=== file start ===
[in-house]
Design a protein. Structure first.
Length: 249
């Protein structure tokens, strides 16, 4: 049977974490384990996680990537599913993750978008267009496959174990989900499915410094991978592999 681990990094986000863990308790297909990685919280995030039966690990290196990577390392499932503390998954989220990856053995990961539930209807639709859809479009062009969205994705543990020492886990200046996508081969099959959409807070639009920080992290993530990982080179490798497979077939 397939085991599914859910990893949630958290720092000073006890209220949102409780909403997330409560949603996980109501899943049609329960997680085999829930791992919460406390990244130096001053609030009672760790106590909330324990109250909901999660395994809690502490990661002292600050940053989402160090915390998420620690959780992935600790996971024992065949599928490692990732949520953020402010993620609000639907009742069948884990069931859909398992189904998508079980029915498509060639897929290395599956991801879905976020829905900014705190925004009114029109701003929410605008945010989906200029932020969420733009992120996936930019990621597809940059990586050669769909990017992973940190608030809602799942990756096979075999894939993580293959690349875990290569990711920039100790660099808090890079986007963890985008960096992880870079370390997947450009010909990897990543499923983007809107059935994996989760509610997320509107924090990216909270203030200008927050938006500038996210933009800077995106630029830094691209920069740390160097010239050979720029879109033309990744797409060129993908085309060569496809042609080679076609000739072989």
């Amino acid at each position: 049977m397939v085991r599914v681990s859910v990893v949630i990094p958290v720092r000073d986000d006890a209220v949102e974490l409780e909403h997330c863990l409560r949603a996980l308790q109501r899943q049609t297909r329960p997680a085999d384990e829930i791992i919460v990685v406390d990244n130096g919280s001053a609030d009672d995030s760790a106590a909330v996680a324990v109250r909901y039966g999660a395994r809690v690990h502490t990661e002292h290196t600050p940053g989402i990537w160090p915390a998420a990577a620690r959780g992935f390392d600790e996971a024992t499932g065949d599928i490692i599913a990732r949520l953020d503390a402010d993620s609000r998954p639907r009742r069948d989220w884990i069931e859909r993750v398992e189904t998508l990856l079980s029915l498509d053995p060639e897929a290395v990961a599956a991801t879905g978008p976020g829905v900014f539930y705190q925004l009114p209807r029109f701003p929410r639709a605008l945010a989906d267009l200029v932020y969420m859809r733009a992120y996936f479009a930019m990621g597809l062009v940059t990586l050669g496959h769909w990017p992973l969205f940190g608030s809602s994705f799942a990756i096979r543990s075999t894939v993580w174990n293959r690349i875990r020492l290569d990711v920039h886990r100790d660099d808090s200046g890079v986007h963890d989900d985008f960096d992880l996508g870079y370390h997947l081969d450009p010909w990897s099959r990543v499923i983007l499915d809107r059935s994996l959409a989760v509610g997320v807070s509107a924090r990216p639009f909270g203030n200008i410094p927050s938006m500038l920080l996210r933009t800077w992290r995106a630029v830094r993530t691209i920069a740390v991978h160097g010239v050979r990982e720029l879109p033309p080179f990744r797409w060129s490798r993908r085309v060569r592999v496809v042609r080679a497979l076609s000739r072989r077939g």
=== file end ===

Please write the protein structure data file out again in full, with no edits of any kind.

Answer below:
[in-house]
Design a protein. Structure first.
Length: 249
């Protein structure tokens, strides 16, 4: 049977974490384990996680990537599913993750978008267009496959174990989900499915410094991978592999 681990990094986000863990308790297909990685919280995030039966690990290196990577390392499932503390998954989220990856053995990961539930209807639709859809479009062009969205994705543990020492886990200046996508081969099959959409807070639009920080992290993530990982080179490798497979077939 397939085991599914859910990893949630958290720092000073006890209220949102409780909403997330409560949603996980109501899943049609329960997680085999829930791992919460406390990244130096001053609030009672760790106590909330324990109250909901999660395994809690502490990661002292600050940053989402160090915390998420620690959780992935600790996971024992065949599928490692990732949520953020402010993620609000639907009742069948884990069931859909398992189904998508079980029915498509060639897929290395599956991801879905976020829905900014705190925004009114029109701003929410605008945010989906200029932020969420733009992120996936930019990621597809940059990586050669769909990017992973940190608030809602799942990756096979075999894939993580293959690349875990290569990711920039100790660099808090890079986007963890985008960096992880870079370390997947450009010909990897990543499923983007809107059935994996989760509610997320509107924090990216909270203030200008927050938006500038996210933009800077995106630029830094691209920069740390160097010239050979720029879109033309990744797409060129993908085309060569496809042609080679076609000739072989």
């Amino acid at each position: 049977m397939v085991r599914v681990s859910v990893v949630i990094p958290v720092r000073d986000d006890a209220v949102e974490l409780e909403h997330c863990l409560r949603a996980l308790q109501r899943q049609t297909r329960p997680a085999d384990e829930i791992i919460v990685v406390d990244n130096g919280s001053a609030d009672d995030s760790a106590a909330v996680a324990v109250r909901y039966g999660a395994r809690v690990h502490t990661e002292h290196t600050p940053g989402i990537w160090p915390a998420a990577a620690r959780g992935f390392d600790e996971a024992t499932g065949d599928i490692i599913a990732r949520l953020d503390a402010d993620s609000r998954p639907r009742r069948d989220w884990i069931e859909r993750v398992e189904t998508l990856l079980s029915l498509d053995p060639e897929a290395v990961a599956a991801t879905g978008p976020g829905v900014f539930y705190q925004l009114p209807r029109f701003p929410r639709a605008l945010a989906d267009l200029v932020y969420m859809r733009a992120y996936f479009a930019m990621g597809l062009v940059t990586l050669g496959h769909w990017p992973l969205f940190g608030s809602s994705f799942a990756i096979r543990s075999t894939v993580w174990n293959r690349i875990r020492l290569d990711v920039h886990r100790d660099d808090s200046g890079v986007h963890d989900d985008f960096d992880l996508g870079y370390h997947l081969d450009p010909w990897s099959r990543v499923i983007l499915d809107r059935s994996l959409a989760v509610g997320v807070s509107a924090r990216p639009f909270g203030n200008i410094p927050s938006m500038l920080l996210r933009t800077w992290r995106a630029v830094r993530t691209i920069a740390v991978h160097g010239v050979r990982e720029l879109p033309p080179f990744r797409w060129s490798r993908r085309v060569r592999v496809v042609r080679a497979l076609s000739r072989r077939g």